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The Golden Compass

by Philip Pullman

Lyra Belacqua leads a carefree life under the protection of the Scholars at Oxford. She enjoys running over rooftops, playing in the clay down by the riverbeds, and getting into general mischief with her friends and her constant companion, Pantalaimon, her daemon. She knows to shape up when her uncle, Lord Asriel, turns up for an occasional visit. During one of these rare opportunities, she decides to sneak into the Retiring Room to see what goes on in this secret space. She hears about the unfamiliar and enticing world of the North, about Dust, about armored bears, and the political games and wars waged by the Church. Although she begs Lord Asriel to take her, and he declines, she finds another way North. After spending a few months with the mysterious Mrs. Coulter, Lyra determines to run away to save her friend Roger from whatever fate awaits him in the North. She joins the Gyptians, who seek to rescue children that have been stolen, supposedly to have their daemon cut away. With the help of others beyond her wildest dreams – witches, an aeronaut, an armored bear – Lyra’s loyalty and courage are tested time and again as she learns shocking truths in search of answers.

“The Golden Compass” by Philip Pullman is the first book in “His Dark Materials” trilogy. Pullman sets a frantic pace for the plot that pulls the reader along throughout the entire book. He entices readers by dropping pieces of information and hints about something big (and likely insidious) without fully resolving any gaps in knowledge or providing definitive answers. This strategy is reinforced through Lyra’s learning as a character. The reader learns what Lyra learns, and though the reader can draw their own conclusions from the text, Pullman’s selective sharing of information means that the reader often comes to the same conclusions as Lyra. Pullman creates a fantastic world for Lyra, from Oxford up to the North, that feels familiar enough to make Lyra relatable, and also so magical that the adventures of Lyra and her companions are thrilling and unpredictable. A central theme throughout the novel is the transition from youth to adulthood, and Lyra is on the cusp of adolescence. By casting Lyra as the lead character, Pullman instills her perspective with importance and weight, showing that even with her youthful outlook, she has a significant role to play in political goings-on.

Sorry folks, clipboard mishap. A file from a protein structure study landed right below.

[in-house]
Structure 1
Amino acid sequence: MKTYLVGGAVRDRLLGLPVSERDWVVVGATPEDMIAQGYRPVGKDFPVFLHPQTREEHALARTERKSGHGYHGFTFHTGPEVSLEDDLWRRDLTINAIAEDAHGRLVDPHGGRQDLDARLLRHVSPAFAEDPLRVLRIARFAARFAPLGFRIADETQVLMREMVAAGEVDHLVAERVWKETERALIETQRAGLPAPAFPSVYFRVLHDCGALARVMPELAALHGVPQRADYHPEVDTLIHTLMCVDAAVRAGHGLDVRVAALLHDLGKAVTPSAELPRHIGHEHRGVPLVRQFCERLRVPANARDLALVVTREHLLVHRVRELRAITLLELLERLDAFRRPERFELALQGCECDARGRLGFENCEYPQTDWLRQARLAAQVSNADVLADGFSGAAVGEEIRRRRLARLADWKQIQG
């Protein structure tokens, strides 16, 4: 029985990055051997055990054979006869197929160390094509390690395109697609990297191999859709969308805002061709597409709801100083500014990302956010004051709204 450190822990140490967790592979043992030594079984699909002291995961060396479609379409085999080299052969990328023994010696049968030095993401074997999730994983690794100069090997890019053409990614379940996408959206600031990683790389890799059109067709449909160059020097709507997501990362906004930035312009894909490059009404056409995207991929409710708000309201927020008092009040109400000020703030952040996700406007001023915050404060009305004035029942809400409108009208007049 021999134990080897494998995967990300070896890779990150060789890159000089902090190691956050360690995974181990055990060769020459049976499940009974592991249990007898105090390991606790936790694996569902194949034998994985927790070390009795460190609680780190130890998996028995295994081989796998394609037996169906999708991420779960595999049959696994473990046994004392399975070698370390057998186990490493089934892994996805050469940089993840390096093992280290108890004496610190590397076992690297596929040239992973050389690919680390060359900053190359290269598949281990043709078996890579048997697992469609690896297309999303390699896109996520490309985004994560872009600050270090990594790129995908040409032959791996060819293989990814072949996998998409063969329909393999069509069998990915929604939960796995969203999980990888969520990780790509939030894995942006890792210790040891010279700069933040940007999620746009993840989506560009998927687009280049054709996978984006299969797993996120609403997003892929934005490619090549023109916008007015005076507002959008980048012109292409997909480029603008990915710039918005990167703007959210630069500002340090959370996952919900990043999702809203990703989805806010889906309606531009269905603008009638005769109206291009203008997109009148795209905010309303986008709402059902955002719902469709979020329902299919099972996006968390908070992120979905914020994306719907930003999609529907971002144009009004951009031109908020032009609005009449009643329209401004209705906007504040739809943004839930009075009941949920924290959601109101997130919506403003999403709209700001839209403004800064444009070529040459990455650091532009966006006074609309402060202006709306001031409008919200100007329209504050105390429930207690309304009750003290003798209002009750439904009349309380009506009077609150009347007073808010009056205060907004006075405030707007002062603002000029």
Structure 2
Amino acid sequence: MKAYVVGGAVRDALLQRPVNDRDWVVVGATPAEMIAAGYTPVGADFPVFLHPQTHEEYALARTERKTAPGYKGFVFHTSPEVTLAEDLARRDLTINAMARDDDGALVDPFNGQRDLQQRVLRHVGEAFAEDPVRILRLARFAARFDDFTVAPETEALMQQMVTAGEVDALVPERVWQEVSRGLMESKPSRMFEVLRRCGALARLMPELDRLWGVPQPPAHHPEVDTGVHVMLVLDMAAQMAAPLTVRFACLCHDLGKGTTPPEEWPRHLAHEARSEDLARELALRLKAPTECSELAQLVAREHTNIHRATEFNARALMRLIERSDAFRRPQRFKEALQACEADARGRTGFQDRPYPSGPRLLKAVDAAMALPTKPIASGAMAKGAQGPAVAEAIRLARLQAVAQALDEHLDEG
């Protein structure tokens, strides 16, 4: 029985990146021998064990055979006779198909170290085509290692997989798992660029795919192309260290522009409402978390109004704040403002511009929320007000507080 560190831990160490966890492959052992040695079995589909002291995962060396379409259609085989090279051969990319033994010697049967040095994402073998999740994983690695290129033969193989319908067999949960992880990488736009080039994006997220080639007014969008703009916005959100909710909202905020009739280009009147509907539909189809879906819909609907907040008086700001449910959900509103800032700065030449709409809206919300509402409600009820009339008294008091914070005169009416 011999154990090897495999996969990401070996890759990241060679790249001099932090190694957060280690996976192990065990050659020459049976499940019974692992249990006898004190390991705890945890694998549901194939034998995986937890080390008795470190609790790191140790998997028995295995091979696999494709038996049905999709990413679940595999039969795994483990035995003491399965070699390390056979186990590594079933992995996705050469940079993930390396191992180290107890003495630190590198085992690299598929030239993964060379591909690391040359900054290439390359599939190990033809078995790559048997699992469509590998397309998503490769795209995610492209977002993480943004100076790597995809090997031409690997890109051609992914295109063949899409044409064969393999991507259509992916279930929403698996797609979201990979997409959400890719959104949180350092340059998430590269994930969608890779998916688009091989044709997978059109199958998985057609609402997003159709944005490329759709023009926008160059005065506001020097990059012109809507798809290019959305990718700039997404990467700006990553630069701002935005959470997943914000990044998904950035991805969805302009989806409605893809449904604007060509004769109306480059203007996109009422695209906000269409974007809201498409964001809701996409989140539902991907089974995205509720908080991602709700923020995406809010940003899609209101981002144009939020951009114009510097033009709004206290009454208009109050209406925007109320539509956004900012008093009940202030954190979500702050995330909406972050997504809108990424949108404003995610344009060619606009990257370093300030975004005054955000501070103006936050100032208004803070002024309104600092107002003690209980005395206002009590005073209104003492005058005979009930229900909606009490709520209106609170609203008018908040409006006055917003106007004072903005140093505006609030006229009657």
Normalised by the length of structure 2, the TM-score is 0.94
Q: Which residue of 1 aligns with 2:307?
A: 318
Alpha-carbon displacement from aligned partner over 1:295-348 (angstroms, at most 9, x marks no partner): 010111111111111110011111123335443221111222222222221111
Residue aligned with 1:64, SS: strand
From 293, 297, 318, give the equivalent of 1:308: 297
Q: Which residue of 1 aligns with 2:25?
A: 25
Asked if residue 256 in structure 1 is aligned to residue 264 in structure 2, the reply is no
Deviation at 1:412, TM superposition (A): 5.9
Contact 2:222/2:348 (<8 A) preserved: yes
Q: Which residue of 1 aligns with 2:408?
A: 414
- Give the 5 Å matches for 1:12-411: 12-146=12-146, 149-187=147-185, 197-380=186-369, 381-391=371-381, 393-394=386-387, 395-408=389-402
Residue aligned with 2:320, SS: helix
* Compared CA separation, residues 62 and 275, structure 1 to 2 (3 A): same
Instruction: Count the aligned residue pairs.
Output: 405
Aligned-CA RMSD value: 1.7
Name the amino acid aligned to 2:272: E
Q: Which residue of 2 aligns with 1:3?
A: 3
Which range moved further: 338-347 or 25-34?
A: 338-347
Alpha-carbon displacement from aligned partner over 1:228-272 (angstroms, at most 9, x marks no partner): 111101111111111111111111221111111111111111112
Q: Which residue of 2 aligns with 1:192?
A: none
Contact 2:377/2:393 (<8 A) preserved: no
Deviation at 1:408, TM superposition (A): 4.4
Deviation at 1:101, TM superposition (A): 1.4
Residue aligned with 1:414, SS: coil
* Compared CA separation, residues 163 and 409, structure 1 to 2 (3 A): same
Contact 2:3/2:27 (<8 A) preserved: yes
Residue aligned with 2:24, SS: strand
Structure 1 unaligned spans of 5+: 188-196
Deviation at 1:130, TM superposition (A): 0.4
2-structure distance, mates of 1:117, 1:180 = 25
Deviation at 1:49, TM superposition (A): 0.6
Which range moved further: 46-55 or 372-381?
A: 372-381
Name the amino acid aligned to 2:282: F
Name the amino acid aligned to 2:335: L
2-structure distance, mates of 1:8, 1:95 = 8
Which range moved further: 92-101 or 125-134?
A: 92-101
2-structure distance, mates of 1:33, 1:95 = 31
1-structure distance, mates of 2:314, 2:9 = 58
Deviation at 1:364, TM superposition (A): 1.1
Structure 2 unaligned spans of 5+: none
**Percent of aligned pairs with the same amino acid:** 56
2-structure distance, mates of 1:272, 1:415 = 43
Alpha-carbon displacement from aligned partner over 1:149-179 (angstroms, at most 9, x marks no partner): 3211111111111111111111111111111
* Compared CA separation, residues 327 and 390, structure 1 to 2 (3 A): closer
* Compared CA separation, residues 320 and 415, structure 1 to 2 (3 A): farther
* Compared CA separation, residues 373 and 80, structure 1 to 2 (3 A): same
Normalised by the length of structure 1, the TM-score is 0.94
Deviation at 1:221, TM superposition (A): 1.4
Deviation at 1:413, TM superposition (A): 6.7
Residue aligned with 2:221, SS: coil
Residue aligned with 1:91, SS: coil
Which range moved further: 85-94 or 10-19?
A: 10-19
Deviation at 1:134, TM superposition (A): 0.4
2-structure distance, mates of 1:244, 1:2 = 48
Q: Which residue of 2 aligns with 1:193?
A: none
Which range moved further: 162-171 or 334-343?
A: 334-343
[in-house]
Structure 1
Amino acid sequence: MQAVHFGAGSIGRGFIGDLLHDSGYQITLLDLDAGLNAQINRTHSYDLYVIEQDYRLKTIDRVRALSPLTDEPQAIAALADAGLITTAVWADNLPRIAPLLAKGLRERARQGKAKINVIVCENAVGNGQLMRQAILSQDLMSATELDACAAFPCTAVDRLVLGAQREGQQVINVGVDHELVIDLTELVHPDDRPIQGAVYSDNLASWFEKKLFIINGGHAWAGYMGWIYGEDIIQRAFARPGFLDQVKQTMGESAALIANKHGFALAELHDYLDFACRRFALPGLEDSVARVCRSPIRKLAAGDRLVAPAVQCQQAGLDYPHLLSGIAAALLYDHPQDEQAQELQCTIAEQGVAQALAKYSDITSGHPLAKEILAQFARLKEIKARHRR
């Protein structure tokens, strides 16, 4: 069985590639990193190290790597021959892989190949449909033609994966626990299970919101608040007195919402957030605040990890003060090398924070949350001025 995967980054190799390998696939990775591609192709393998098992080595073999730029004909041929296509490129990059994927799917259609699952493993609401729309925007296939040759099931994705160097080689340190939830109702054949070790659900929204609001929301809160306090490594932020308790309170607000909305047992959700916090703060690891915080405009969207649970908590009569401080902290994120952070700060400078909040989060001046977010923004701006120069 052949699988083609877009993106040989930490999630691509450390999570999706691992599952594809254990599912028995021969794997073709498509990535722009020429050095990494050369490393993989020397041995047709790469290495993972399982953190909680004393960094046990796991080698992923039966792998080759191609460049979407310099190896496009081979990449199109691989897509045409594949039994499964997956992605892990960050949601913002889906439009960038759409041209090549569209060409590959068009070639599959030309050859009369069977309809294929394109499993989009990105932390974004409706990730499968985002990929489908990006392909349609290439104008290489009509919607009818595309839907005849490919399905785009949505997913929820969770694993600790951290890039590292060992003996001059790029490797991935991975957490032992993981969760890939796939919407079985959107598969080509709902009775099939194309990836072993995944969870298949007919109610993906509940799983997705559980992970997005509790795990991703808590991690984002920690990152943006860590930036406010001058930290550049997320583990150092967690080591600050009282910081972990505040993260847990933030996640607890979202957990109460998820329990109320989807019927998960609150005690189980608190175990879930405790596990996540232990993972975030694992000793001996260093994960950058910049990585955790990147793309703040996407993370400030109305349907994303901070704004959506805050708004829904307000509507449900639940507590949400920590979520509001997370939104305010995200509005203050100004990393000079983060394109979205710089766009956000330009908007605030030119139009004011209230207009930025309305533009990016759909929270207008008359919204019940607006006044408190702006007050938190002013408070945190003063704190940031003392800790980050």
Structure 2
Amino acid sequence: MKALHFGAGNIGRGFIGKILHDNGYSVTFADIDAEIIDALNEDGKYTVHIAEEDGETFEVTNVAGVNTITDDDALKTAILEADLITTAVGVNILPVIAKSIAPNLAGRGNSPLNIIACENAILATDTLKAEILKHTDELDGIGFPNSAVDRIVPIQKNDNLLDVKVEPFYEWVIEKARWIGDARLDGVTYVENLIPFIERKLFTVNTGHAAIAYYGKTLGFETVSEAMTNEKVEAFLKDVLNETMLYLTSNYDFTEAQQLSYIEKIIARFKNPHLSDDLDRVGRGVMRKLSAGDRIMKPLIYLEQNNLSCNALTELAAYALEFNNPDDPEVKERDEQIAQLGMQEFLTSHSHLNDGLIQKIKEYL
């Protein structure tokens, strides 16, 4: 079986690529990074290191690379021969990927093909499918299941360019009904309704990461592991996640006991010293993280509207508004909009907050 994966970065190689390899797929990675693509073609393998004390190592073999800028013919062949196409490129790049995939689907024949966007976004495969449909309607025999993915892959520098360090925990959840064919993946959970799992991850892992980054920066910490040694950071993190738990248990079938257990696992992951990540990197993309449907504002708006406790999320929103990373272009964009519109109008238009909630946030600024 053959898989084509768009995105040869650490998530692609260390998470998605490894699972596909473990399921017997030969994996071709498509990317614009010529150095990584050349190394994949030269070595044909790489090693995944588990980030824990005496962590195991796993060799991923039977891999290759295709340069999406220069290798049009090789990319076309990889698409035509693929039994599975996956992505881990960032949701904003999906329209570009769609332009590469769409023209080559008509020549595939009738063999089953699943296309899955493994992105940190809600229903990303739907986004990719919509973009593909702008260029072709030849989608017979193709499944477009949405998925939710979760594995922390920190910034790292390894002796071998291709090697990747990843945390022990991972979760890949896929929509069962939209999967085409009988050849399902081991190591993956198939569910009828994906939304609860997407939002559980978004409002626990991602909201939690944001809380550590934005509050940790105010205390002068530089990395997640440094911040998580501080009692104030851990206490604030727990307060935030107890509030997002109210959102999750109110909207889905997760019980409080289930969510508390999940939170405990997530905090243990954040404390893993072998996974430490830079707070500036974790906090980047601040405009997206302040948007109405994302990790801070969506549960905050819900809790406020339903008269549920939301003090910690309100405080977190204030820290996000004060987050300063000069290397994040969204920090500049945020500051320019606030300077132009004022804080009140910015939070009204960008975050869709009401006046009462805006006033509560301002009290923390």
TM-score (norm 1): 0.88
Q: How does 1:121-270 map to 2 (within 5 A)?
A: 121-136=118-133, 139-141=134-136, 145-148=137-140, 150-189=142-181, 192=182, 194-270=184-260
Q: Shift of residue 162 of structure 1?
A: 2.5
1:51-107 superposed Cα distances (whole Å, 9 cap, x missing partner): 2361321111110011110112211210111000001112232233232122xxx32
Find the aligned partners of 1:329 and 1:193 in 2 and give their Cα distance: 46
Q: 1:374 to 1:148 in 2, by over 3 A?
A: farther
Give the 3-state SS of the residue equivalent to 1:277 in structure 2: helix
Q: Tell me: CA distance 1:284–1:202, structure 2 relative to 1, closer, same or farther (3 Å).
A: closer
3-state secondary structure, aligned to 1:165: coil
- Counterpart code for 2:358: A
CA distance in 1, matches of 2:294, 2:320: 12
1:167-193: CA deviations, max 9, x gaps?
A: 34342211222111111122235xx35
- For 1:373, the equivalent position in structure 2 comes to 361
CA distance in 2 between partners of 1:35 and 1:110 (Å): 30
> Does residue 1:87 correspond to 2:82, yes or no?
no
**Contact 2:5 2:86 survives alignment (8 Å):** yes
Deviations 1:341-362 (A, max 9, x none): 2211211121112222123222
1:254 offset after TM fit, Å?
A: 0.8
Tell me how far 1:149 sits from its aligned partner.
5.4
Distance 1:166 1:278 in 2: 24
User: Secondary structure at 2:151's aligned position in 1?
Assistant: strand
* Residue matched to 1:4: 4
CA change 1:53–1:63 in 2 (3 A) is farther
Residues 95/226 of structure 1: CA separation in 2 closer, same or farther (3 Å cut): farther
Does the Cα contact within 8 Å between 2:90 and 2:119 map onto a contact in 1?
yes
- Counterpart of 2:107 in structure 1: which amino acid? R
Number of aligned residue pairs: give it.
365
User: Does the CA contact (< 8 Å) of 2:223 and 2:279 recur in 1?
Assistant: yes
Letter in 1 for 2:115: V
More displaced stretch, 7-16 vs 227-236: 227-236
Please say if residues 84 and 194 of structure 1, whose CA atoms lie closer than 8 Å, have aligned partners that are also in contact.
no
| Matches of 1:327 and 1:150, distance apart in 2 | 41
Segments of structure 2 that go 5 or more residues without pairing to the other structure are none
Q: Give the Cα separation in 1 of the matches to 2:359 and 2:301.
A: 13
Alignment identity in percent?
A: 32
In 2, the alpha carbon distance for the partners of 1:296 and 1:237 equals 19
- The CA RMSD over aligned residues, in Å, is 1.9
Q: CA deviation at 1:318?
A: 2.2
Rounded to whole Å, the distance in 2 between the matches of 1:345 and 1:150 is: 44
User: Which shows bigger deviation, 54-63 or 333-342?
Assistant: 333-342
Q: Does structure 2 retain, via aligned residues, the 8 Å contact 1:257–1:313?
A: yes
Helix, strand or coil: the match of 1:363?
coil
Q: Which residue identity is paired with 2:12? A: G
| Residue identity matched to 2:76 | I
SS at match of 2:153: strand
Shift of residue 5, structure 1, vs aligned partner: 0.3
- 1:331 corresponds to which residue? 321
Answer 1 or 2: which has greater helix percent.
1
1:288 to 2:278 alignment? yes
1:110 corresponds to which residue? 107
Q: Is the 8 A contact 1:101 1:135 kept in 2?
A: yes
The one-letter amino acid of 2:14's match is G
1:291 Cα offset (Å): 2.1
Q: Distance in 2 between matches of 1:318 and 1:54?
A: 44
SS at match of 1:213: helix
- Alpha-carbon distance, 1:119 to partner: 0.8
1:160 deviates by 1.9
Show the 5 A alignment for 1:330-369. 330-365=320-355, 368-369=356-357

I first read this book over a decade ago, and decided to re-read it because I heard that Pullman wrote the series in response to Narnia, where children are forced to leave magic behind when they reach adolescence. The adventures are very different between the Pevensie children and Lyra, as is the role of religion. I got caught up in the plot and didn’t spend much time reflecting on the role of the Church in Lyra’s world, so my note to myself is to slow down and digest more of the between-the-lines story next time I read it. Thrilling story, grand adventures, and worth the read for any audience.